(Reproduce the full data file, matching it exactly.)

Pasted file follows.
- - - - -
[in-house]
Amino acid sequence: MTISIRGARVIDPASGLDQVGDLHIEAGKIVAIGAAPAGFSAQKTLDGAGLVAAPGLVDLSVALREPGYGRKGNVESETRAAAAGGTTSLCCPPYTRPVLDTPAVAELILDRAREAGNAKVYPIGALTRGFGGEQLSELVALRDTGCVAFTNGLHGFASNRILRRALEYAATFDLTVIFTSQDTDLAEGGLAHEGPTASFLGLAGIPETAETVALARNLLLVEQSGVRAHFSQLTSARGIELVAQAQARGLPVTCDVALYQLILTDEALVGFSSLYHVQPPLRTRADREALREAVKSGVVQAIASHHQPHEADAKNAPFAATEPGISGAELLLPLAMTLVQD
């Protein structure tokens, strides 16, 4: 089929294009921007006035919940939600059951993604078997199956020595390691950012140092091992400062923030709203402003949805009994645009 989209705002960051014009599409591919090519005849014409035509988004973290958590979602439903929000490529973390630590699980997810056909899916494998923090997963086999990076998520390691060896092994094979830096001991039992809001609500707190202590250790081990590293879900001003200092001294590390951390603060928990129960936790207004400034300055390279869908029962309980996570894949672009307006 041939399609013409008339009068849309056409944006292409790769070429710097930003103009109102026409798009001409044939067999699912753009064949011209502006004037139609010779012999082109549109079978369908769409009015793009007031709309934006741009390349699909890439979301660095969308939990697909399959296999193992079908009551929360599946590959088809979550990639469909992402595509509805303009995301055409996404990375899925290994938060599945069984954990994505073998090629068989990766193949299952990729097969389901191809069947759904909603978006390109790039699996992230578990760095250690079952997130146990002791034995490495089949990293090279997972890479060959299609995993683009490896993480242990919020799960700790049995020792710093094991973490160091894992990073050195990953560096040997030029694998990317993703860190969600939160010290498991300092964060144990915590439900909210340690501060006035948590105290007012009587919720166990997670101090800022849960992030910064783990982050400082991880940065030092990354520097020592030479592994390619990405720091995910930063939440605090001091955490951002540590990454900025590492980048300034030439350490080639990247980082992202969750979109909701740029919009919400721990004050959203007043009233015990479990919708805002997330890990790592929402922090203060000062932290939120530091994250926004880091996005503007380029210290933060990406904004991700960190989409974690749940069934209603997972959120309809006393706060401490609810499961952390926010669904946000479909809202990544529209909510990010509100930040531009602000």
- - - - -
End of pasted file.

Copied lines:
[in-house]
Amino acid sequence: MTISIRGARVIDPASGLDQVGDLHIEAGKIVAIGAAPAGFSAQKTLDGAGLVAAPGLVDLSVALREPGYGRKGNVESETRAAAAGGTTSLCCPPYTRPVLDTPAVAELILDRAREAGNAKVYPIGALTRGFGGEQLSELVALRDTGCVAFTNGLHGFASNRILRRALEYAATFDLTVIFTSQDTDLAEGGLAHEGPTASFLGLAGIPETAETVALARNLLLVEQSGVRAHFSQLTSARGIELVAQAQARGLPVTCDVALYQLILTDEALVGFSSLYHVQPPLRTRADREALREAVKSGVVQAIASHHQPHEADAKNAPFAATEPGISGAELLLPLAMTLVQD
């Protein structure tokens, strides 16, 4: 089929294009921007006035919940939600059951993604078997199956020595390691950012140092091992400062923030709203402003949805009994645009 989209705002960051014009599409591919090519005849014409035509988004973290958590979602439903929000490529973390630590699980997810056909899916494998923090997963086999990076998520390691060896092994094979830096001991039992809001609500707190202590250790081990590293879900001003200092001294590390951390603060928990129960936790207004400034300055390279869908029962309980996570894949672009307006 041939399609013409008339009068849309056409944006292409790769070429710097930003103009109102026409798009001409044939067999699912753009064949011209502006004037139609010779012999082109549109079978369908769409009015793009007031709309934006741009390349699909890439979301660095969308939990697909399959296999193992079908009551929360599946590959088809979550990639469909992402595509509805303009995301055409996404990375899925290994938060599945069984954990994505073998090629068989990766193949299952990729097969389901191809069947759904909603978006390109790039699996992230578990760095250690079952997130146990002791034995490495089949990293090279997972890479060959299609995993683009490896993480242990919020799960700790049995020792710093094991973490160091894992990073050195990953560096040997030029694998990317993703860190969600939160010290498991300092964060144990915590439900909210340690501060006035948590105290007012009587919720166990997670101090800022849960992030910064783990982050400082991880940065030092990354520097020592030479592994390619990405720091995910930063939440605090001091955490951002540590990454900025590492980048300034030439350490080639990247980082992202969750979109909701740029919009919400721990004050959203007043009233015990479990919708805002997330890990790592929402922090203060000062932290939120530091994250926004880091996005503007380029210290933060990406904004991700960190989409974690749940069934209603997972959120309809006393706060401490609810499961952390926010669904946000479909809202990544529209909510990010509100930040531009602000």